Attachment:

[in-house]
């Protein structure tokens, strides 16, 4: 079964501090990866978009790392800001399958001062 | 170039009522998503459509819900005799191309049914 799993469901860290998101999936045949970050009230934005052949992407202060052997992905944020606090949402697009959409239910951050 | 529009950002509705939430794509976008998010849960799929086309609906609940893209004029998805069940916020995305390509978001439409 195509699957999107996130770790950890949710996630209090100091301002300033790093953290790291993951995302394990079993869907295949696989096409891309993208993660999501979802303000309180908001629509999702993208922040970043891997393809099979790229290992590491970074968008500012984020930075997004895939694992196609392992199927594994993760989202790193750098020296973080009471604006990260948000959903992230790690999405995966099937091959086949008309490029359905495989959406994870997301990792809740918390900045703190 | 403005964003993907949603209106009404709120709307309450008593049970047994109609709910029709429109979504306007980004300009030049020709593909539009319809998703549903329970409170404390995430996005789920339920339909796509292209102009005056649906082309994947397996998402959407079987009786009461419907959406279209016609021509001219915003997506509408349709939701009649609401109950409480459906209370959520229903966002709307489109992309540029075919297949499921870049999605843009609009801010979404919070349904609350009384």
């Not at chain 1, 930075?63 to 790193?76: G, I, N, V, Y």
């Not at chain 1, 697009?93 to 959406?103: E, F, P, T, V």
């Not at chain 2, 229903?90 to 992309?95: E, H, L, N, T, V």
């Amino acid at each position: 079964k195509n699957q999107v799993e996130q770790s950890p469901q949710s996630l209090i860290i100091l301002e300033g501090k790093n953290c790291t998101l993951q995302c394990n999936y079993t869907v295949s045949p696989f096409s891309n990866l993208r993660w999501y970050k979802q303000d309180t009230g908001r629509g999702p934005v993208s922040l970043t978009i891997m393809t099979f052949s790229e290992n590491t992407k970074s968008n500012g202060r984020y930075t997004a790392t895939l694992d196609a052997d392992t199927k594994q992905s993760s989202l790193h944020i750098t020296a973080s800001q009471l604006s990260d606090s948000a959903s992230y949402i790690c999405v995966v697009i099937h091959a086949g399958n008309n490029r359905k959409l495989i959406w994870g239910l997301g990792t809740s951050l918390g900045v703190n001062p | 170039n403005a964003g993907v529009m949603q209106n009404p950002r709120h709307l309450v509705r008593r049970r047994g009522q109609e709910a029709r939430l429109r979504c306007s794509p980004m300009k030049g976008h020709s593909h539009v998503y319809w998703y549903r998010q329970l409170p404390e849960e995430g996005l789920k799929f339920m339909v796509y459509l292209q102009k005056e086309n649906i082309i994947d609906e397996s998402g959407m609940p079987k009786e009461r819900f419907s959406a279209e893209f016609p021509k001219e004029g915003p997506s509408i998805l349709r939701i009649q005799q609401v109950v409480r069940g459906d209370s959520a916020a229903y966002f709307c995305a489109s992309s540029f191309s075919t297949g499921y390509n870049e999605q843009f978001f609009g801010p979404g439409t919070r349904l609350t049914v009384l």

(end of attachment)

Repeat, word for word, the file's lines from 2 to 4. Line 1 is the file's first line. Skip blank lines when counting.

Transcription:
């Protein structure tokens, strides 16, 4: 079964501090990866978009790392800001399958001062 | 170039009522998503459509819900005799191309049914 799993469901860290998101999936045949970050009230934005052949992407202060052997992905944020606090949402697009959409239910951050 | 529009950002509705939430794509976008998010849960799929086309609906609940893209004029998805069940916020995305390509978001439409 195509699957999107996130770790950890949710996630209090100091301002300033790093953290790291993951995302394990079993869907295949696989096409891309993208993660999501979802303000309180908001629509999702993208922040970043891997393809099979790229290992590491970074968008500012984020930075997004895939694992196609392992199927594994993760989202790193750098020296973080009471604006990260948000959903992230790690999405995966099937091959086949008309490029359905495989959406994870997301990792809740918390900045703190 | 403005964003993907949603209106009404709120709307309450008593049970047994109609709910029709429109979504306007980004300009030049020709593909539009319809998703549903329970409170404390995430996005789920339920339909796509292209102009005056649906082309994947397996998402959407079987009786009461419907959406279209016609021509001219915003997506509408349709939701009649609401109950409480459906209370959520229903966002709307489109992309540029075919297949499921870049999605843009609009801010979404919070349904609350009384």
């Not at chain 1, 930075?63 to 790193?76: G, I, N, V, Y």
């Not at chain 1, 697009?93 to 959406?103: E, F, P, T, V």